Today I was surprised by the behaviour of local. Consider the following script:
#!/bin/bash set -ue set -o pipefail declare -i foo=$(ls non_existant_file | wc -l) echo foo is "$foo"
That actually runs to completion, prints “foo is 0”, and returns 0. Turns out the problem is that local always returns 0 (according to the manpage). So it seems to me that what we want is to separate the declaration and the assignment:
#!/bin/bash set -ue set -o pipefail declare -i foo foo=$(ls non_existant_file | wc -l) echo foo is "$foo"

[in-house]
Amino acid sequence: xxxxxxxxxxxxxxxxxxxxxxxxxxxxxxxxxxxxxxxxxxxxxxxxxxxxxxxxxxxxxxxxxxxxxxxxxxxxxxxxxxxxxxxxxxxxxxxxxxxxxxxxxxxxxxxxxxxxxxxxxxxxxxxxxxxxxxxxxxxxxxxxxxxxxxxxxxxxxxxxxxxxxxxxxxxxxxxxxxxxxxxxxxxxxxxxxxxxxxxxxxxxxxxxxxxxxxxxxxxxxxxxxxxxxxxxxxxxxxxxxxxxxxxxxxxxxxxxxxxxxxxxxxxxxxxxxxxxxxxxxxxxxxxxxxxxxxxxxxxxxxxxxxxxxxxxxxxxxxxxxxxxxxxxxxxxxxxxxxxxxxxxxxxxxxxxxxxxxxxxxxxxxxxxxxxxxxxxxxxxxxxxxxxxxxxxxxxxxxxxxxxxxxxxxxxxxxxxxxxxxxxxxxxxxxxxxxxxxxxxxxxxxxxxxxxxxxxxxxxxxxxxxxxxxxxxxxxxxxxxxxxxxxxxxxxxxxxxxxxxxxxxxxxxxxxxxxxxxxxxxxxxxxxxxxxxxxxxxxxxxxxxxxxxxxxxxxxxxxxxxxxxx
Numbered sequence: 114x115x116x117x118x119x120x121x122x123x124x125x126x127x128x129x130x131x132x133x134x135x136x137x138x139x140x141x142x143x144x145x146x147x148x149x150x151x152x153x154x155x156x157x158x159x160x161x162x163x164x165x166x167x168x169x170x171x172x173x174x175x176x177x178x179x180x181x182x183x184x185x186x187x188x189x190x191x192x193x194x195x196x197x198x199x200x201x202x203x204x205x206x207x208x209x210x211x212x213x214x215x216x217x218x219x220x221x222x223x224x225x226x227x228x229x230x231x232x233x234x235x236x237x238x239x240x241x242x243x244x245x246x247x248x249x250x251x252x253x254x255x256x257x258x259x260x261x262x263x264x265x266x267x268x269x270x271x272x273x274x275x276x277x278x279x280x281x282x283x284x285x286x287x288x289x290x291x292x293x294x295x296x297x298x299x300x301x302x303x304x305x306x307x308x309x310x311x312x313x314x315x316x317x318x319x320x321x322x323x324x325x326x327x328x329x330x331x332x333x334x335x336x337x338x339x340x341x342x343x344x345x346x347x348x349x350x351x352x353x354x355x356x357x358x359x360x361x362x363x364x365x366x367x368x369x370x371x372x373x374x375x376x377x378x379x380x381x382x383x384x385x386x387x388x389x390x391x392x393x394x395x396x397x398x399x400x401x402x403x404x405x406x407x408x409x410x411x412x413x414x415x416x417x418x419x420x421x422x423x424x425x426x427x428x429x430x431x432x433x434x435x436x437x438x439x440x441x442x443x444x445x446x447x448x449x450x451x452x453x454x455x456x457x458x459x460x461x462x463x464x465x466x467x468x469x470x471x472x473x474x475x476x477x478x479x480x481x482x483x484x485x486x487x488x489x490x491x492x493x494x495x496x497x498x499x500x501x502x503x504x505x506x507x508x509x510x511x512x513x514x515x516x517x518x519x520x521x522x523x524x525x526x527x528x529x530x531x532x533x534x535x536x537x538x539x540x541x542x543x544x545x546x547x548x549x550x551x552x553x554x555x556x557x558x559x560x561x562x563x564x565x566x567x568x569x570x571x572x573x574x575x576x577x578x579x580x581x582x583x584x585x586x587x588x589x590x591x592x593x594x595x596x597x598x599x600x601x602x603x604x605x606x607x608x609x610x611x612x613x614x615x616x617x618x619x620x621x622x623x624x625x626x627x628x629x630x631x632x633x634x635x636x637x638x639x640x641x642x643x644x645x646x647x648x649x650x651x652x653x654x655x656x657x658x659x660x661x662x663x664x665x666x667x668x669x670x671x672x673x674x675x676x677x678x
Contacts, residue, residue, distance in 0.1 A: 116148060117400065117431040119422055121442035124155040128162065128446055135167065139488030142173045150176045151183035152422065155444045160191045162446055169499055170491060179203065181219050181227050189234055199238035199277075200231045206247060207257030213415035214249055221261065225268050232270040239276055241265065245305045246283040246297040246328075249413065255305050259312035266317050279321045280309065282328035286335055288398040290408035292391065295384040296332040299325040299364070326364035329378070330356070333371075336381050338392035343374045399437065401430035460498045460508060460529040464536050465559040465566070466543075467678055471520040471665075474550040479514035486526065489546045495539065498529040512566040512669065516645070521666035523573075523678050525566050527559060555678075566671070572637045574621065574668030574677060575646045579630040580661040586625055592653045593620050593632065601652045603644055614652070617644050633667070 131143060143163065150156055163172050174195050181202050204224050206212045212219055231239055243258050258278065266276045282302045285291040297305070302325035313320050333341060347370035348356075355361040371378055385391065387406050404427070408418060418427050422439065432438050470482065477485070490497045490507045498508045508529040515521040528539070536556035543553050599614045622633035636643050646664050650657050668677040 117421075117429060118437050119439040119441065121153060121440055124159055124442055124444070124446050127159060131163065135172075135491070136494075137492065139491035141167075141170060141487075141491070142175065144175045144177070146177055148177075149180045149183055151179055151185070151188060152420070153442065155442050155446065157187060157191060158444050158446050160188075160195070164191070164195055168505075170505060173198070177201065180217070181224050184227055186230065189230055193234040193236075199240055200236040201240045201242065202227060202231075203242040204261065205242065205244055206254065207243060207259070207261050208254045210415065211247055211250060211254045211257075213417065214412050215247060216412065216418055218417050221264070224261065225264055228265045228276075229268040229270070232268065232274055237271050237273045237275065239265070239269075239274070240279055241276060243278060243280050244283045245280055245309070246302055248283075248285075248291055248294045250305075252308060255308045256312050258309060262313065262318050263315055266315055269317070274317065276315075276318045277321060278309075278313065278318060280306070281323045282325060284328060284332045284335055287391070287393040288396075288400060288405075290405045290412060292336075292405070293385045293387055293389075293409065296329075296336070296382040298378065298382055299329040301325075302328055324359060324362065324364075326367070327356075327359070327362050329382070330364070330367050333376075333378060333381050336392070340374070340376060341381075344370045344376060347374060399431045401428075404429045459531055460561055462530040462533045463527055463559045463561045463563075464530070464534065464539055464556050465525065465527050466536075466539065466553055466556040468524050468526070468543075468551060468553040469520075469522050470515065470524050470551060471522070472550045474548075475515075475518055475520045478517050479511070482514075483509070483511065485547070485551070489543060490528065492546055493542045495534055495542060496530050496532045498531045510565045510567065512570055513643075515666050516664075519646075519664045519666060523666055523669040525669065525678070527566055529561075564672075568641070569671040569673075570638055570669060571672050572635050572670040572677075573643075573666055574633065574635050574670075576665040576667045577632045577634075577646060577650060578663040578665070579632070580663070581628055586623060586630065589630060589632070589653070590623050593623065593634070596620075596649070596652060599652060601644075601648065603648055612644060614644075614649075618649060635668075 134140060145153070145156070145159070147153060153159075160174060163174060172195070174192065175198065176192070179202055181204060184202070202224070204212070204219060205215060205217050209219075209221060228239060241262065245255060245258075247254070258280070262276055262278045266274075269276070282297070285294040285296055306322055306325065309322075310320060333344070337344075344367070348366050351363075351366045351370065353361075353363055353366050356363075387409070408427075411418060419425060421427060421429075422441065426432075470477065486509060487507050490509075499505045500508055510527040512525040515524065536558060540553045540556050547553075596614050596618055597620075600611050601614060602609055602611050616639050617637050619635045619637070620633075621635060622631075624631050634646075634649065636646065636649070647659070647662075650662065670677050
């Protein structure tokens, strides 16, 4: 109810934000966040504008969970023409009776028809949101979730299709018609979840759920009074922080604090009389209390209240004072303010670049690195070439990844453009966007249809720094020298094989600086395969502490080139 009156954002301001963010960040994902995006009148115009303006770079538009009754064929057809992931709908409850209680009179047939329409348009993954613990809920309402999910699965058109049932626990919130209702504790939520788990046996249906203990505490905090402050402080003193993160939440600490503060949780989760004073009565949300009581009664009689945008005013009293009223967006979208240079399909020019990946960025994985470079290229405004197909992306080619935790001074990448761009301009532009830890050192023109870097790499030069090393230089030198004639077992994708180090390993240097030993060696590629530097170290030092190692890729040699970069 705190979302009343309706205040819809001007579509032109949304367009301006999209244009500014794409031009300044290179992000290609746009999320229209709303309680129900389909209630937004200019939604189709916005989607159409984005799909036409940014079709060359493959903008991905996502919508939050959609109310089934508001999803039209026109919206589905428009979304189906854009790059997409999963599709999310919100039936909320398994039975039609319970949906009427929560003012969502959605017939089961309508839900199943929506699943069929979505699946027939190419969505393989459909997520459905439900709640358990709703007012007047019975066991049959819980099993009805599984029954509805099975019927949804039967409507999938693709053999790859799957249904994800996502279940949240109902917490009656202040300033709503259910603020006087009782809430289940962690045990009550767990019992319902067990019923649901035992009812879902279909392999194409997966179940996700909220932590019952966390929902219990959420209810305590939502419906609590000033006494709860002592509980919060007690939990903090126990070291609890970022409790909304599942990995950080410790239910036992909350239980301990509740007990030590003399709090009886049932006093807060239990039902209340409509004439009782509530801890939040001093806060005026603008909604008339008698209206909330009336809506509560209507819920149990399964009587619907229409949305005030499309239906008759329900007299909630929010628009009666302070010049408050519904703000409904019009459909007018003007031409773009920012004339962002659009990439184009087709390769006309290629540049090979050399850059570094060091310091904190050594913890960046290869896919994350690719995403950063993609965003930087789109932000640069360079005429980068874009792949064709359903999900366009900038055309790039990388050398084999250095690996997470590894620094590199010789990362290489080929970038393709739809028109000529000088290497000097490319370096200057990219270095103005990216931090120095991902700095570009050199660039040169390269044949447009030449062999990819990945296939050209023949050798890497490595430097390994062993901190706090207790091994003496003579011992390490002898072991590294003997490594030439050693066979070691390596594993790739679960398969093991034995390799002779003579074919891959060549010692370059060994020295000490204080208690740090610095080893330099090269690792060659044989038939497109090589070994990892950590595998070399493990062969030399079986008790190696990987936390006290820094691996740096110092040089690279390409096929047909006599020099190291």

This causes the script to exit (and return non-zero) before reaching the echo.
ShellCheck does not catch this issue. To avoid this pitfall, we might propose to always separate declaration and assignment for any non-trivial assignments. A consequence of this guidelines is that for non-trivial assignments we cannot take advantage of the readonly flag, but I think that’s less important than catching broken assignments that should have triggered errexit.